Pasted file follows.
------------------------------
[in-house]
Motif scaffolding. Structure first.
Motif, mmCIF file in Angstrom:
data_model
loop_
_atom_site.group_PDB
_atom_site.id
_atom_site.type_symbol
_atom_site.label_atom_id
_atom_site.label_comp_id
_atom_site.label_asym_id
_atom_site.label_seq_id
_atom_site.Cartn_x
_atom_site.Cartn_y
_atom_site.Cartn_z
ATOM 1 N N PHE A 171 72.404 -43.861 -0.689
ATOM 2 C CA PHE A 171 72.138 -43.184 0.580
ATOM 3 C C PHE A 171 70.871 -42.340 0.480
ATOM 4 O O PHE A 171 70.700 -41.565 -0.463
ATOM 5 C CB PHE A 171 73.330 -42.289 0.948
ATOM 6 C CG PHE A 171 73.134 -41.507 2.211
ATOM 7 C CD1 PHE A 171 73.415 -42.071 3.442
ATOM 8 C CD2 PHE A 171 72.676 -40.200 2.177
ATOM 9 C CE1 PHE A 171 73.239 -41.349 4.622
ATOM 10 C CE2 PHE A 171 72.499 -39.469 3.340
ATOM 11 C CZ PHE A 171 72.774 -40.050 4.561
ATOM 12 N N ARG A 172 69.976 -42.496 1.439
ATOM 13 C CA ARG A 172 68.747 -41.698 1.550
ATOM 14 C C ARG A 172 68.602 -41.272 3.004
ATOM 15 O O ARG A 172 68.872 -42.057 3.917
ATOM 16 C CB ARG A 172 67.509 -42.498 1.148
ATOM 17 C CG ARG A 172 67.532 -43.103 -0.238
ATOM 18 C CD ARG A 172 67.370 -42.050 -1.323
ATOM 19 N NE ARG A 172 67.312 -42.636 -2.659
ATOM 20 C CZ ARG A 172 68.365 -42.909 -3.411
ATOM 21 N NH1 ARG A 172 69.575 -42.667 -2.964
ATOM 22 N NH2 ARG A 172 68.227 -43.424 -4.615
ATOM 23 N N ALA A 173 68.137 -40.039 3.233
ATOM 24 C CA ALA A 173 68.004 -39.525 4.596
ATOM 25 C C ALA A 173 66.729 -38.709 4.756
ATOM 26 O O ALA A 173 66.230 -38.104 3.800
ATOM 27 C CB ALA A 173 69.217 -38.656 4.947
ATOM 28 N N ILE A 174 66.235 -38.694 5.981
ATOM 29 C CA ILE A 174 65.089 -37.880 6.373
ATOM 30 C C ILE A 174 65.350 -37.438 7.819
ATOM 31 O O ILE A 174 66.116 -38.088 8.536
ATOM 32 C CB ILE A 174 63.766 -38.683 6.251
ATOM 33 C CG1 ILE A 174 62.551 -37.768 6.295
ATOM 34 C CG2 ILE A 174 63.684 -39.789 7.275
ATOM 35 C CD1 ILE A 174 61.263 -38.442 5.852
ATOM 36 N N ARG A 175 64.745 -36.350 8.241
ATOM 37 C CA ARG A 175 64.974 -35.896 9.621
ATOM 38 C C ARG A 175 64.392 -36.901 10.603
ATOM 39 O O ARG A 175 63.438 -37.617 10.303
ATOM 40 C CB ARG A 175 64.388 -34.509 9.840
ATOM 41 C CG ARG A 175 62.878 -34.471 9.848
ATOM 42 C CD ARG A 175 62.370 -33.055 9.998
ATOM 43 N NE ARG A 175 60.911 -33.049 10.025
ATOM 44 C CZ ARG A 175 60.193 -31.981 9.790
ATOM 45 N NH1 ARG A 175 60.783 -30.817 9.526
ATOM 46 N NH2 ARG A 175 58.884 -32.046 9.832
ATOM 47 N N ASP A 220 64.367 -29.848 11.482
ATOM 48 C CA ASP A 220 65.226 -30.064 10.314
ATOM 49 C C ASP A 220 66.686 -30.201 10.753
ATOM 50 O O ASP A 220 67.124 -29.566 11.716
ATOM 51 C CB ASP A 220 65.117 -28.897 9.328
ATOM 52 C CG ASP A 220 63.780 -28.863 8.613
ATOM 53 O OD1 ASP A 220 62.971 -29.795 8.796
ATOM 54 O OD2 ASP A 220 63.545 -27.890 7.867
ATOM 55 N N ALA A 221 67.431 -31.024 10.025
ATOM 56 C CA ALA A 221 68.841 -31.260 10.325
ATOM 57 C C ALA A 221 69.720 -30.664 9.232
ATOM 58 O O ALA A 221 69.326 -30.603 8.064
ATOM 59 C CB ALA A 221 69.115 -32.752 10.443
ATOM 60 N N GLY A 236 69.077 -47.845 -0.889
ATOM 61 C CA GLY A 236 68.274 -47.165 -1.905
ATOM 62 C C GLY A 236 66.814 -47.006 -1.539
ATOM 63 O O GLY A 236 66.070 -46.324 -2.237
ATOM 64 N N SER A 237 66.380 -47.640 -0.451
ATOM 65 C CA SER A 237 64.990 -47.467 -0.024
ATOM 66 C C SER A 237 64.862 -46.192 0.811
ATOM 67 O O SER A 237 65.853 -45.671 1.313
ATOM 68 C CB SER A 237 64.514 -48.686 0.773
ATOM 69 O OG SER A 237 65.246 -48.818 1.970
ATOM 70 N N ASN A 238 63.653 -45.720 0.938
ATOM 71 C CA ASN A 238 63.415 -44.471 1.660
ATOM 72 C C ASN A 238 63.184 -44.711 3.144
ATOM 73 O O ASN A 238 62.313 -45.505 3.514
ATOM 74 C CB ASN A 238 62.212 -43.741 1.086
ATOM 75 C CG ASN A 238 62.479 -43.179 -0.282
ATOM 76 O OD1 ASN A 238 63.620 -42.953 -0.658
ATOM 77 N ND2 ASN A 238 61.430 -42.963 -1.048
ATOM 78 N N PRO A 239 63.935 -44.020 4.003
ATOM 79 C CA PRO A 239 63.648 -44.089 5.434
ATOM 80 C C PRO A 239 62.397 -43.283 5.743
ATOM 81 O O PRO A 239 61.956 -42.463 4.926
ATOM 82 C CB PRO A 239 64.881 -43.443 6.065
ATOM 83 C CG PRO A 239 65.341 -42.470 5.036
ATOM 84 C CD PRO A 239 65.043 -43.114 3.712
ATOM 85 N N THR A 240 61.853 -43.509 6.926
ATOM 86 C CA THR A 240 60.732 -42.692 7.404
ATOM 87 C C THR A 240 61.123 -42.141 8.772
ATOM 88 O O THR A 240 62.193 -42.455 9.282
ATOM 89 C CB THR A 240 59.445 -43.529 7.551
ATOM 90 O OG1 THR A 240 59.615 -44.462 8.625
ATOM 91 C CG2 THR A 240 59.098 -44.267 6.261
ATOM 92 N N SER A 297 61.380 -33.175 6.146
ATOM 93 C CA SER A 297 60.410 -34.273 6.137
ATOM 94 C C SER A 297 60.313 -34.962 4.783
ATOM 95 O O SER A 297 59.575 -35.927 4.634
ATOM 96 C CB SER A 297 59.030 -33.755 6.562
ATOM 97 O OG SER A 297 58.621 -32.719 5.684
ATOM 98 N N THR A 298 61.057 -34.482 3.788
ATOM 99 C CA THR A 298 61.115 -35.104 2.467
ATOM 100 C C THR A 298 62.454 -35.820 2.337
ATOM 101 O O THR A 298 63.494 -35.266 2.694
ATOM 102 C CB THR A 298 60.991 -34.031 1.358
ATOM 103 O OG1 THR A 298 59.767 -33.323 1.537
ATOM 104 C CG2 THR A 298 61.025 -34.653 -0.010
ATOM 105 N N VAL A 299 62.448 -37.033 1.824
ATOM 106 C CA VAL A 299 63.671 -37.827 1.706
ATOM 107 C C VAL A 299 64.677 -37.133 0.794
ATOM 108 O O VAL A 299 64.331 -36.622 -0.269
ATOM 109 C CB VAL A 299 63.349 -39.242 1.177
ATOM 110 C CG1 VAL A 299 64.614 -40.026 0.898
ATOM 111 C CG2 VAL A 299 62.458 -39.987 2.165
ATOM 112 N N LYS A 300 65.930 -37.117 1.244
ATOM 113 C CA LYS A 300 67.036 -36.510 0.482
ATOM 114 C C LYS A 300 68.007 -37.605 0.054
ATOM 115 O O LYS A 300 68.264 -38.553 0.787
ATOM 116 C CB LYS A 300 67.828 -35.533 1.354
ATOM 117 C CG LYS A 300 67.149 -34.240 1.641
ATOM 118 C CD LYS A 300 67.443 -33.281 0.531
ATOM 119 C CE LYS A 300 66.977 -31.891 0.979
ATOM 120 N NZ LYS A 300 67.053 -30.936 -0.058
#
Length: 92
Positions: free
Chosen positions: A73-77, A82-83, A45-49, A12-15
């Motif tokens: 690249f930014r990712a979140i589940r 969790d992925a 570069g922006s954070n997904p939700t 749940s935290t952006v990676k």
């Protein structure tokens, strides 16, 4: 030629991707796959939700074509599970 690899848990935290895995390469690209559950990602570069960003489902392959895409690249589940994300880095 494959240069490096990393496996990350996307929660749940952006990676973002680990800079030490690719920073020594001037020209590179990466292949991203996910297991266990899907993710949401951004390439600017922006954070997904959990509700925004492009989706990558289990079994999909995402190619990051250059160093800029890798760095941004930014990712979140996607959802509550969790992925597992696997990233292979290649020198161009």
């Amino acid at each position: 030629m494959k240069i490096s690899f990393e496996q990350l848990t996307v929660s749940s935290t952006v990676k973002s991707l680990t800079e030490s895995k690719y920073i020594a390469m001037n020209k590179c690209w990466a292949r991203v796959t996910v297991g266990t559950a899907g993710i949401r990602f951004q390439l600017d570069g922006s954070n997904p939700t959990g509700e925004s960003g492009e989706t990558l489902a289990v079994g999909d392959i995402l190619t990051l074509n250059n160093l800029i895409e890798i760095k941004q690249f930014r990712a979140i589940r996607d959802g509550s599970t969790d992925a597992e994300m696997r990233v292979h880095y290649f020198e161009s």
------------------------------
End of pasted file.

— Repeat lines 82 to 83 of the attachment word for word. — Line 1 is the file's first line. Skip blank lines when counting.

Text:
ATOM 67 O O SER A 237 65.853 -45.671 1.313
ATOM 68 C CB SER A 237 64.514 -48.686 0.773